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Sustainable cocoa production in agroforestry systems linked to low carbon emission economic development

Hosted by GIZ Forests and Climate Change Programme (FORCLIME)


Indonesia is among the largest cocoa producers in the world, with a cocoa seed production of 845,000 tons in 2010, and the Government of Indonesia wants Indonesia to become one of the world’s leading cocoa producers. The growth of Indonesia’s cocoa production over the past three decades has been remarkable, with an annual average increase of over 20%. Most of this has come from smallholder producers, who accounted for 82% of total cocoa production in 2010, compared to just 10% in 1980. However, this increase in production has been synonymous with the conversion of forests into agricultural areas, accompanied by high inputs of mineral fertilizers and pesticides. If such conventional methods for increasing production continue to be used, the costs to the environment will be extremely high.

Despite the government’s ambitious goals, the forecast for Indonesia’s cocoa production in the 2012/2013 season was just 430,000 tons. Poor knowledge of agronomic practices, aging trees and pests are common problems among the country’s vast network of smallholders. Government programs to increase production are facing several challenges, and annual export increases appear to stagnate.

Indonesian cocoa beans have a low price and are known for their poor quality because they are small, leave a lot of waste behind and are often not fermented (a precondition to produce cocoa powder). Resource poor farmers would rather get immediate cash for their crop than ferment their beans and then sell them.

To address the situation, transnational companies such as Nestlé, Mars, Barey Callebaut and others are participating in national programs to produce highly productive cocoa clones and to improve sustainability by promoting UTZ and Rainforest Alliance certification for small-scale cocoa farmers.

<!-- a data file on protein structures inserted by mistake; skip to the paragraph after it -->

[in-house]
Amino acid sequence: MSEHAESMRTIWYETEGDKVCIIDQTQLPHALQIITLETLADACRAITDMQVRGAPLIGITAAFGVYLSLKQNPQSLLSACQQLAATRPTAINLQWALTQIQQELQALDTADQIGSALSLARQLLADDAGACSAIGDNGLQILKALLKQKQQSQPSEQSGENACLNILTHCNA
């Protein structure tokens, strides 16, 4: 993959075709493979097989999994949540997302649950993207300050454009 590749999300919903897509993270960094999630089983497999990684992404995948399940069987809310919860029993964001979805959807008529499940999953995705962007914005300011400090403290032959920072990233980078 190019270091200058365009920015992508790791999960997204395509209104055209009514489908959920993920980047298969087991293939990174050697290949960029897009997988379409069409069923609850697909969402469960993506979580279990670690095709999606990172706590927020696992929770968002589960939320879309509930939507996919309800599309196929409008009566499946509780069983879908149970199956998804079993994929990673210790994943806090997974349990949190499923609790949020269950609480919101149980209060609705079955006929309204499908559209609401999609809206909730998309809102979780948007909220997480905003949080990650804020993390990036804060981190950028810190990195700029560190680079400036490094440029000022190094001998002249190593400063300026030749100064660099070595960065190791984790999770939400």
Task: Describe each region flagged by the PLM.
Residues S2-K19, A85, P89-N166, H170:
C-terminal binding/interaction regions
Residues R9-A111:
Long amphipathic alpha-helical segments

FORCLIME’s role in agroforestry and sustainable cocoa production

FORCLIME’s strategy is to increase rural income and nature conservation and rehabilitation through the dissemination of successional agroforestry systems to restore degraded land and enhance carbon storage. At the same time this approach will result in lower emissions through less use of fertilizer and pesticides, which cause high emissions during their production. The certification of sustainable smallholder cocoa production in the three districts of Kapuas Hulu, Malinau, and Berau in Kalimantan is planned.

Although cocoa agroforests cannot achieve the biodiversity level of primary forests, the total biodiversity in cocoa agroforests is still higher than in other agricultural landscapes and hence maintains the adaptability of ecosystems to climate change. Producing cocoa sustainably, which takes into account environmental aspects (biodiversity and conservation), economical aspects (income generation, value chain development, market access) and social aspects (traditional production, labor organization) is especially important as the three districts are now conservation districts.

The cocoa producing and marketing companies aim to achieve child-labor free and fully sustainable cocoa production by 2020. Moreover, global market trends also indicate an increasing demand for sustainably produced cocoa.

While the quality and productivity of smallholder cocoa production in FORCLIME’s pilot districts are rather low, annual buying potential (of at least 1,000 tons) is relatively high.

In order to address global, national and local requirements, FORCLIME promotes successional agroforestry production systems by providing support to, for instance, organizations building together with farmers’ groups or village schools, or the enhancement of the cocoa value chain (based on traceability of products) through establishing relationships to a more complex network of dealers in the form of public private partnerships.

FORCLIME’s strategy links agroforestry to a more low-carbon emission economic development and matches well with the interests of the cocoa industry and global market trends. These shared interests have potential to produce successful synergies between the program, smallholders in Kalimantan and the cocoa industry.

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